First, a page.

“I believe it does (provide enough time to get budget numbers); if not I’ll structure it the way I want and that’s what you’ll vote on,” Chambers told commissioners.

At the request of Chambers, commissioners also voted unanimously to remove the county’s Emergency Management Agency from the planned merger. Chambers cited other counties, such as Davidson, that merged fire and EMS but left EMA as a separate agency as well as a previous ordinance passed by a previous Commission.

Five resolutions also passed Monday night:

Allowing the county to apply for a TDOT 2019 Litter Grant;

Adding American Fidelity Insurance as a supplement insurance carrier for county employees;

Allowing the mayor to sign a contract with TDOT for the extension of Highway 141 from Cedar Bluff Road to Highway 10;

Accepting a $20,000 Built Environment Grant from the state; and

Establishing a committee to set fair prices for the resale of land seized by the county for unpaid property taxes.

The 141 contract is a step in getting that project done, Chambers said in his mayor’s report, but no timeline exists for construction. TDOT released its three-year statewide estimate for projects last week and Highway 141 was not included.

The land sale committee is required by state law and will consist of the mayor, Jerry Ford, Richard Harsh, Linda Johnson and Fergusson.

Four budget amendments were approved by commissioners:

$10,000 from fund balance for the redesign of the county’s website;

$20,000 from the Built Environment Grant for a study of needed work in Hartsville City Park;

$813 in improvements to the animal shelter; and

$109,000 for the purchase of a backhoe for the Highway Department.

The last three budget amendments were internal transfers of funds already allocated.

Two appointments were made: Bryan King to the Economic Development Committee and Bubba Gregory to the Executive Committee. Gregory will give up his seat on the Purchasing Oversight Committee.

Two notaries were also approved in Ashlee Scott and Kyle Rutter.

The County Commission is next scheduled to meet on Tuesday, May 28 at 7 p.m. The May meeting is typically pushed back because of Memorial Day.

Reach Chris Gregory at 615-374-3556 or cgregory@hartsvillevidette.com.

Hartsville man charged with attempted first-degree murder

A Hartsville man faces multiple charges, including attempted first-degree murder, after a shooting that took place last week.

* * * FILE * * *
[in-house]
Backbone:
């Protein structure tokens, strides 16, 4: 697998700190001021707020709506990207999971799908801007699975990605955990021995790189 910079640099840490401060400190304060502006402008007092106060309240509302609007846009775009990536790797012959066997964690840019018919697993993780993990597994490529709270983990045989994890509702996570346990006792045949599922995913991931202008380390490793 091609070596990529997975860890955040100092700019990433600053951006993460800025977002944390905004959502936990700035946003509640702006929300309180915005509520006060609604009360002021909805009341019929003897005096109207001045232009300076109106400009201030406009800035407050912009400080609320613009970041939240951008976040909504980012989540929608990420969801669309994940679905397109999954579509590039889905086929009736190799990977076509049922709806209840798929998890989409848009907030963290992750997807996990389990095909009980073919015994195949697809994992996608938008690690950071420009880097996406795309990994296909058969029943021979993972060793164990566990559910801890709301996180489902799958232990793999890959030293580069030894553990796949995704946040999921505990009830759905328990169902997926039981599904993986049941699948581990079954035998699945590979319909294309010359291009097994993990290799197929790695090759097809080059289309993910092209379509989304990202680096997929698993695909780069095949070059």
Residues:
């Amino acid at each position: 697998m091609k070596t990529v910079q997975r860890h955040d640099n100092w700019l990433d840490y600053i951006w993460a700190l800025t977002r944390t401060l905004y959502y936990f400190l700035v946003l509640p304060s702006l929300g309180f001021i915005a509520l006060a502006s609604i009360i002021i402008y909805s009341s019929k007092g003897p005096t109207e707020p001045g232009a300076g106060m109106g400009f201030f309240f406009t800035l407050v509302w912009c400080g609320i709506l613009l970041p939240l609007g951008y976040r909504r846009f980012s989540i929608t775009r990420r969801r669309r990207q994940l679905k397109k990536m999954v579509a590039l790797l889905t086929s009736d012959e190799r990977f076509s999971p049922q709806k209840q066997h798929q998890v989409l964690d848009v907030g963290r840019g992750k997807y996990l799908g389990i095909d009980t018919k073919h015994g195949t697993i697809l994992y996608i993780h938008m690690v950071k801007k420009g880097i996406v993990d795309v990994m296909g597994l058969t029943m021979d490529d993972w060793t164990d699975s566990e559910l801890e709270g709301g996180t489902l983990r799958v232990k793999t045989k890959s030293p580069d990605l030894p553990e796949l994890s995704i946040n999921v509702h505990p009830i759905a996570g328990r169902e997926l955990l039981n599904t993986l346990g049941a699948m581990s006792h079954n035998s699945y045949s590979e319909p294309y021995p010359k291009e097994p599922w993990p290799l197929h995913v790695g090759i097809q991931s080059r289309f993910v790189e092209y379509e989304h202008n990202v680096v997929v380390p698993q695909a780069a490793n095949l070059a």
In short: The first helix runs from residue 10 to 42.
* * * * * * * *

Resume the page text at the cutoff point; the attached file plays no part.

Photo courtesy of Trousdale County Sheriff’s Department

Leon Wayne Berry, 64, was arrested April 15 after he allegedly went to his ex-girlfriend’s home on Taylor Avenue shortly after 6 p.m. The arrest affidavit said Berry racked a handgun and pointed it at the victim, who was there with her current boyfriend. The victim reportedly told police Berry had threatened her since they broke up in October 2018.

Berry reportedly told the pair, “Y’all [expletive] are going to die today,” and then fired a shot at the current boyfriend. The shot missed and hit the ground, and Berry allegedly yelled for her current boyfriend to come out.

A .9mm shell casing was found at the scene, according to the affidavit, and the weapon was found later that evening at a home Berry went to after he left the scene. The weapon was described as a Luger .9mm.

Berry was booked in at the Trousdale County Jail and charged with attempted first-degree murder, aggravated assault, aggravated domestic assault and possession of a weapon by a felon. He remained on $100,000 bond, and a general sessions court date was scheduled for June 14.

Reach Chris Gregory at 615-374-3556 or cgregory@hartsvillevidette.com.

Trousdale Medical Center completes remodel after flood damage

Trousdale Medical Center has reopened its main entrance and emergency room after flood damage limited the facility’s operations for five months.

Chief Executive Officer Mike Herman gave The Vidette a tour of the renovated hospital, which was damaged by water flowing downhill from behind the building. Water entered the building and did considerable damage.

Chris Gregory / Hartsville Vidette
The remodeled nurses’ station in the emergency room at Trousdale Medical Center is shown here.

“We got new flooring, new paint and new cabinetry through half the hospital,” Herman said. “With that, we were able to improve the aesthetics of the building and improve the flow of patient care, especially in the ER.”

Herman said the drainage flow around the hospital has been addressed as part of the repairs to ensure the situation does not repeat itself.

Herman did not have an exact figure on what the repairs cost, as the hospital filed an insurance claim to cover repairs. He did estimate that the work might have totaled around $500,000.